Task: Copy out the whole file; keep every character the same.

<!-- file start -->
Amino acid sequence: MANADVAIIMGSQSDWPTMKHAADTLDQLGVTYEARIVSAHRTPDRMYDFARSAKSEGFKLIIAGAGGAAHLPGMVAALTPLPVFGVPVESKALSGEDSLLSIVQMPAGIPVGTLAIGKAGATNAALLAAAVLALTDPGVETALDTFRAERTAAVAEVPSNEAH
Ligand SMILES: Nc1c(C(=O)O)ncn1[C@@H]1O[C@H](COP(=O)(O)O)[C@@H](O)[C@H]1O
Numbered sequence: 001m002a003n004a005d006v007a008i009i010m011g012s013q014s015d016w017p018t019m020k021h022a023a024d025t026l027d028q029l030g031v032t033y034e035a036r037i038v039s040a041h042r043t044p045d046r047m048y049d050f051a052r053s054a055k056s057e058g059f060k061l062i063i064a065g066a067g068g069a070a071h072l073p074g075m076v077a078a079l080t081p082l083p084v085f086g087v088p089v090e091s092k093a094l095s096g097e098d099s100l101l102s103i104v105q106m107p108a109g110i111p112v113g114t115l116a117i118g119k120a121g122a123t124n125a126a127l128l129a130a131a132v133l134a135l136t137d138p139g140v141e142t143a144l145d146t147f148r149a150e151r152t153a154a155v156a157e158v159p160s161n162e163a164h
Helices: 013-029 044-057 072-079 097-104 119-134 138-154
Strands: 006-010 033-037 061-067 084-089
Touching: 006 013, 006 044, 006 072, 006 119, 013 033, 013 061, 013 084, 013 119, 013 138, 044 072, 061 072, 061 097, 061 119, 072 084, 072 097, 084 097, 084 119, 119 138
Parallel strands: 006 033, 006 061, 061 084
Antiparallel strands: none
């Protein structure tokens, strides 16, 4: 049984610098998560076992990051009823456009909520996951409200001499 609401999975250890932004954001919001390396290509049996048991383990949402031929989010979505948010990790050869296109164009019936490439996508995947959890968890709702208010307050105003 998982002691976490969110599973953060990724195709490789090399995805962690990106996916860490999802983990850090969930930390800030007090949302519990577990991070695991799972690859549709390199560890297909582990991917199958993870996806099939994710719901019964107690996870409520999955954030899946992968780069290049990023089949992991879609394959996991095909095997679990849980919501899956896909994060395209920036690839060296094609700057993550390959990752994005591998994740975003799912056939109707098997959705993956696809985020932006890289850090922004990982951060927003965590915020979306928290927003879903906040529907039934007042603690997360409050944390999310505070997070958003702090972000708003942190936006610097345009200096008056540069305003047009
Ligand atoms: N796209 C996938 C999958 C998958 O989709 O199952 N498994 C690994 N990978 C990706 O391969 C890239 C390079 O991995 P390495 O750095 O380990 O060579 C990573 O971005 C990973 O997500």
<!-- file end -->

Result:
Amino acid sequence: MANADVAIIMGSQSDWPTMKHAADTLDQLGVTYEARIVSAHRTPDRMYDFARSAKSEGFKLIIAGAGGAAHLPGMVAALTPLPVFGVPVESKALSGEDSLLSIVQMPAGIPVGTLAIGKAGATNAALLAAAVLALTDPGVETALDTFRAERTAAVAEVPSNEAH
Ligand SMILES: Nc1c(C(=O)O)ncn1[C@@H]1O[C@H](COP(=O)(O)O)[C@@H](O)[C@H]1O
Numbered sequence: 001m002a003n004a005d006v007a008i009i010m011g012s013q014s015d016w017p018t019m020k021h022a023a024d025t026l027d028q029l030g031v032t033y034e035a036r037i038v039s040a041h042r043t044p045d046r047m048y049d050f051a052r053s054a055k056s057e058g059f060k061l062i063i064a065g066a067g068g069a070a071h072l073p074g075m076v077a078a079l080t081p082l083p084v085f086g087v088p089v090e091s092k093a094l095s096g097e098d099s100l101l102s103i104v105q106m107p108a109g110i111p112v113g114t115l116a117i118g119k120a121g122a123t124n125a126a127l128l129a130a131a132v133l134a135l136t137d138p139g140v141e142t143a144l145d146t147f148r149a150e151r152t153a154a155v156a157e158v159p160s161n162e163a164h
Helices: 013-029 044-057 072-079 097-104 119-134 138-154
Strands: 006-010 033-037 061-067 084-089
Touching: 006 013, 006 044, 006 072, 006 119, 013 033, 013 061, 013 084, 013 119, 013 138, 044 072, 061 072, 061 097, 061 119, 072 084, 072 097, 084 097, 084 119, 119 138
Parallel strands: 006 033, 006 061, 061 084
Antiparallel strands: none
């Protein structure tokens, strides 16, 4: 049984610098998560076992990051009823456009909520996951409200001499 609401999975250890932004954001919001390396290509049996048991383990949402031929989010979505948010990790050869296109164009019936490439996508995947959890968890709702208010307050105003 998982002691976490969110599973953060990724195709490789090399995805962690990106996916860490999802983990850090969930930390800030007090949302519990577990991070695991799972690859549709390199560890297909582990991917199958993870996806099939994710719901019964107690996870409520999955954030899946992968780069290049990023089949992991879609394959996991095909095997679990849980919501899956896909994060395209920036690839060296094609700057993550390959990752994005591998994740975003799912056939109707098997959705993956696809985020932006890289850090922004990982951060927003965590915020979306928290927003879903906040529907039934007042603690997360409050944390999310505070997070958003702090972000708003942190936006610097345009200096008056540069305003047009
Ligand atoms: N796209 C996938 C999958 C998958 O989709 O199952 N498994 C690994 N990978 C990706 O391969 C890239 C390079 O991995 P390495 O750095 O380990 O060579 C990573 O971005 C990973 O997500």